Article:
Atlanta, GA – Today, the Criminal Justice Coordinating Council (CJCC) is excited to announce the release of a first-of-its-kind study in Georgia that estimates the prevalence of mental illness among county jail inmates. The Statistical Analysis Center, a division of CJCC, in partnership with Applied Research Services worked with nine county jails throughout the state to estimate the prevalence of mental illness among persons booked into jail. Georgia has 142 county jails. The nine jails in the current study are in counties that cover 30% of Georgia's population. The active population for the nine study jails represented 25% of the total active jail population at the end of the study period. The study covered calendar years 2013-2018 and included over 600,000 booking episode records for over 360,000 people.
Booking episode records were matched to computerized criminal history, community supervision, and corrections data. The latter two datasets were used to identify people who may have mental illness. Seventy-one percent of the person records in the original dataset matched computerized criminal history. The resulting prevalence rate is a conservative estimate of the percentage of booking episodes involving someone with mental illness. Because the estimate relies on datasets for which a person has to have a felony arrest and conviction history, these figures likely understate the prevalence of booking episodes involving a person with mental illness. Almost half of all persons booked in our dataset do not have a felony arrest and conviction history. These persons were involved in almost 40% of the booking episodes. We estimate that 14% of booking episodes involve a person with mental illness. People with mental illness are represented in county jail populations at twice the rate that they are in the general population. Nine percent of people booked into county jails during the study period had mental illness - over 17,000 people in the state.
Executive Director of the Georgia Sheriffs’ Association, Terry Norris said “Our sheriffs appreciate this important report from the Criminal Justice Coordinating Council, the Georgia Statistical Analysis Center and Applied Research Services highlighting mentally impaired persons detained in selected county jails. This initial review of certain jail inmate populations seemingly validates the sheriffs’ long-standing position that county jails have become de facto mental health institutions in our state and throughout the nation. With nearly 35,000 inmates housed in 142 county jails, our sheriffs’ offices see firsthand the devastating impact of mental illness and its impact on families, law enforcement and the judicial system. This important first step in reviewing and analyzing available jail inmate data supports the call for greater community intervention and treatment for those in crisis."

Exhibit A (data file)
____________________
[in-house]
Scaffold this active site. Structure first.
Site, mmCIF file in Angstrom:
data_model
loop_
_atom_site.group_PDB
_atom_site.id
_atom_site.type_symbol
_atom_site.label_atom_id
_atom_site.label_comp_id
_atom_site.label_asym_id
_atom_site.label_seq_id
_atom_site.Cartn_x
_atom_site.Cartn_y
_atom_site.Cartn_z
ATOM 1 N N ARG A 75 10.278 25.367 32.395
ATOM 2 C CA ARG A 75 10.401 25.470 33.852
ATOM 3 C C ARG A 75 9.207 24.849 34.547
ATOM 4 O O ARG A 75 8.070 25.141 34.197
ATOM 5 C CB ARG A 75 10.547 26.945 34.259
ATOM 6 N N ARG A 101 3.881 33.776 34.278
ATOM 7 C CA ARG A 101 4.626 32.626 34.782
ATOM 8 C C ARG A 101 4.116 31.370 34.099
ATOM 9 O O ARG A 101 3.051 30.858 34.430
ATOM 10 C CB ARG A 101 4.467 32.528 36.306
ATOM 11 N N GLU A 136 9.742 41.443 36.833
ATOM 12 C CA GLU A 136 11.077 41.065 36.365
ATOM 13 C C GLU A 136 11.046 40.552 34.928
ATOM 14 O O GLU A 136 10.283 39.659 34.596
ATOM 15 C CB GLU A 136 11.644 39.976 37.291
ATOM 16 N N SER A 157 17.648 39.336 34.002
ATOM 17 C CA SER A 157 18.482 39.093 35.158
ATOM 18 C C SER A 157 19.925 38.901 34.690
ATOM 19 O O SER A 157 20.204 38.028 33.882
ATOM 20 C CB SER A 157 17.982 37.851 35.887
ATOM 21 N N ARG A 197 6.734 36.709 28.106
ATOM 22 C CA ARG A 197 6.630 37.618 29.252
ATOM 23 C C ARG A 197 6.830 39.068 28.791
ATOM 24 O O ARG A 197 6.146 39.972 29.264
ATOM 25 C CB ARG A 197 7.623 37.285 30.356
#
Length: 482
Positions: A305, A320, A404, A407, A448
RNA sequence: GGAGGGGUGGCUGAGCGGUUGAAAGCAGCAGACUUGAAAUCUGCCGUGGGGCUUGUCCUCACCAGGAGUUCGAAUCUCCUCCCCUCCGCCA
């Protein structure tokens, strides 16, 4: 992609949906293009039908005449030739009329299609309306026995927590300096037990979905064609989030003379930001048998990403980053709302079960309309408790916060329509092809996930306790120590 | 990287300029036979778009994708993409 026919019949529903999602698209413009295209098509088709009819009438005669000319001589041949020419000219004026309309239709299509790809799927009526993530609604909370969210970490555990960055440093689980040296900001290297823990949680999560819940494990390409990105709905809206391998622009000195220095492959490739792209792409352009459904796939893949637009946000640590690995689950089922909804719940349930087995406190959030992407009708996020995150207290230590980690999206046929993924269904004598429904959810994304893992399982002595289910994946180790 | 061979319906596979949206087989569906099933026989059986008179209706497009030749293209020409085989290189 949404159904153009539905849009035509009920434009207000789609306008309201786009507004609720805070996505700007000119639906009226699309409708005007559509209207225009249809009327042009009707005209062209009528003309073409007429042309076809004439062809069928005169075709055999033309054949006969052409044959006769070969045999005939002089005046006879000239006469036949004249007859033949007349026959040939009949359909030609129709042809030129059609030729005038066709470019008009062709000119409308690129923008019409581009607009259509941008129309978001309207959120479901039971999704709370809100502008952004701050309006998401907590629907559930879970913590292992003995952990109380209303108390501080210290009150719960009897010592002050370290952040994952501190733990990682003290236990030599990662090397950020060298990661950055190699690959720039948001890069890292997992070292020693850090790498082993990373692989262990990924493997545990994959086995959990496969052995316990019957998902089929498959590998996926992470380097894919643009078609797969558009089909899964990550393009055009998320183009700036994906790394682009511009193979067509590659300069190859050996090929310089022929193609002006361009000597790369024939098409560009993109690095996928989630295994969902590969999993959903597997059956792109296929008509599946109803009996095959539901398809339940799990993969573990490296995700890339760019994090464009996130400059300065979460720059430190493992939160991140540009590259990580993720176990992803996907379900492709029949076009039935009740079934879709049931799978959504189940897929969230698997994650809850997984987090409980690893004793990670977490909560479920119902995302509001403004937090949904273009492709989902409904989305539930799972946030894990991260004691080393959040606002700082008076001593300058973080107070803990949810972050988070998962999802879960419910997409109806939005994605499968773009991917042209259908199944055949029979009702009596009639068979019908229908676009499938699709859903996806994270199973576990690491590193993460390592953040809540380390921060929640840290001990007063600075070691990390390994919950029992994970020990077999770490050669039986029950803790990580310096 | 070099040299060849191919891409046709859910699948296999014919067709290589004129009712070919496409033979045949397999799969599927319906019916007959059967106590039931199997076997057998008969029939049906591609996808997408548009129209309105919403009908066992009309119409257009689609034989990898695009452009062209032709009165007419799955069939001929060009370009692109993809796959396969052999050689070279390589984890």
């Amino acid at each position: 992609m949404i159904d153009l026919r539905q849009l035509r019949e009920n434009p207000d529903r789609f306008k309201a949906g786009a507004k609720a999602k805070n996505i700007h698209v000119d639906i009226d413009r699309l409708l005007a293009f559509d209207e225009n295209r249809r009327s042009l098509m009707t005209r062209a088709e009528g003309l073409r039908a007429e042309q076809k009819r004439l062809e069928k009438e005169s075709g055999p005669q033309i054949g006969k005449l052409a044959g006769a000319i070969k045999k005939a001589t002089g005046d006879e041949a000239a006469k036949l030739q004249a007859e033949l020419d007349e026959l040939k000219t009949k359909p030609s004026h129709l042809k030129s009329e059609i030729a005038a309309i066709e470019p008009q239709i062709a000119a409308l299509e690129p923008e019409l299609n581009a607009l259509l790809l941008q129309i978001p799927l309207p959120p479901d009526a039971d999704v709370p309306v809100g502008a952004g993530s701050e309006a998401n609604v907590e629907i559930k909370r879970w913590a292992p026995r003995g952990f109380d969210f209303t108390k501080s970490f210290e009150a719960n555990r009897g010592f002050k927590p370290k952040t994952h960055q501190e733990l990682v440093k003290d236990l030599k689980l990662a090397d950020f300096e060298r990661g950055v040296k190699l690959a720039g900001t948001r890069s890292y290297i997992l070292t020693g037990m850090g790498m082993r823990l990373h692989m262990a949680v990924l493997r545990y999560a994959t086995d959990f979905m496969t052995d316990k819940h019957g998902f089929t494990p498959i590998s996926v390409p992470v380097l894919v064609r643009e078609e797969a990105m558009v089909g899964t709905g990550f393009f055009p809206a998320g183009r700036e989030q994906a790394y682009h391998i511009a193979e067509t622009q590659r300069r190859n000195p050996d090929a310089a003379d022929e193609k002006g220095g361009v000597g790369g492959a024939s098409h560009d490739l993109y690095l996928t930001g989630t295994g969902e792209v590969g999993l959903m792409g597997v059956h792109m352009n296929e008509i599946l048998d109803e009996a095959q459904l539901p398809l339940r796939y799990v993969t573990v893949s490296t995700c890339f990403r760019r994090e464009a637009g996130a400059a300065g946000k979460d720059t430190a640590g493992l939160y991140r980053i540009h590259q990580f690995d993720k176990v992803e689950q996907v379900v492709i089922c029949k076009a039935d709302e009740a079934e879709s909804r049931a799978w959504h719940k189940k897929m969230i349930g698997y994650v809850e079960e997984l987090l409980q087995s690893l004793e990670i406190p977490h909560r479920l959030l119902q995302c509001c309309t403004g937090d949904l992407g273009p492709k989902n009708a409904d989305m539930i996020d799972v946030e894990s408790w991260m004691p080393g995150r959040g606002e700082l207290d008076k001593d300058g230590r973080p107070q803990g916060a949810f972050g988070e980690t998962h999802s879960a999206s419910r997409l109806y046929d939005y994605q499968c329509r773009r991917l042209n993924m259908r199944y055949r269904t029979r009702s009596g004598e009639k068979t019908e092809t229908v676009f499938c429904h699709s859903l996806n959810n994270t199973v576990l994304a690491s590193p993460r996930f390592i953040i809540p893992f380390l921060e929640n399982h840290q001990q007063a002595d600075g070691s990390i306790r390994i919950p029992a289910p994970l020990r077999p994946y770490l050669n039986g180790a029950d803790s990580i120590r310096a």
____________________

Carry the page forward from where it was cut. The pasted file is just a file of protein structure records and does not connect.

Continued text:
The CJCC/ARS study finds that people with mental illness are a disproportionate burden on the county jail system. They stay in jail for twice as long as those without identified mental illness (54 days on average). They are in the community for 29 fewer days on average between one booking episode and the next. While they are in jail, they are moved around twice as much as those without mental illness - presenting a behavioral risk to themselves and others. People with mental illness were 1.5 times more likely than those without to be booked within the same year and have more than one booking episode during the five-year study period. Overall, the intersection between mental illness and criminal justice presents unique challenges to the people involved - both on the system and arrestee side. Our study is an initial attempt to estimate the magnitude of the impact that people with mental illness have on local jails and the factors in county jail data that illuminate whether someone may have mental illness. Getting a sense of the number of people who have mental illness in local jails is the first step toward making a plan to better serve them in the community, so they receive treatment responsive to their illness and exit the “revolving jail door."
Forsyth County Sheriff Ron Freeman says, “This mental health study seeks to ask and answer exactly the right questions if we are to make a difference in the touch points of mental health and the criminal justice system. I am grateful to the researchers and proud to be a small part of the Georgia Criminal Justice Coordinating Council, who were instrumental in the compilation of this information. Data sets such as this are helping guide our trajectory within our Co-Responder teams here at the Forsyth County Sheriff’s Office. It is imperative we (in law enforcement) continue to look for safe ways to direct mental health needs out of the criminal justice system.”
About the Criminal Justice Coordinating Council (CJCC)
Created by the Georgia General Assembly in 1981 as an Executive Branch agency, the Criminal Justice Coordinating Council (CJCC) represents the culmination of many efforts to establish a statewide body that would build consensus and unity among the State's diverse and interdependent, criminal justice system components. For more information visit the CJCC website: https://cjcc.georgia.gov/.
Dannielle Lewis – Communications Director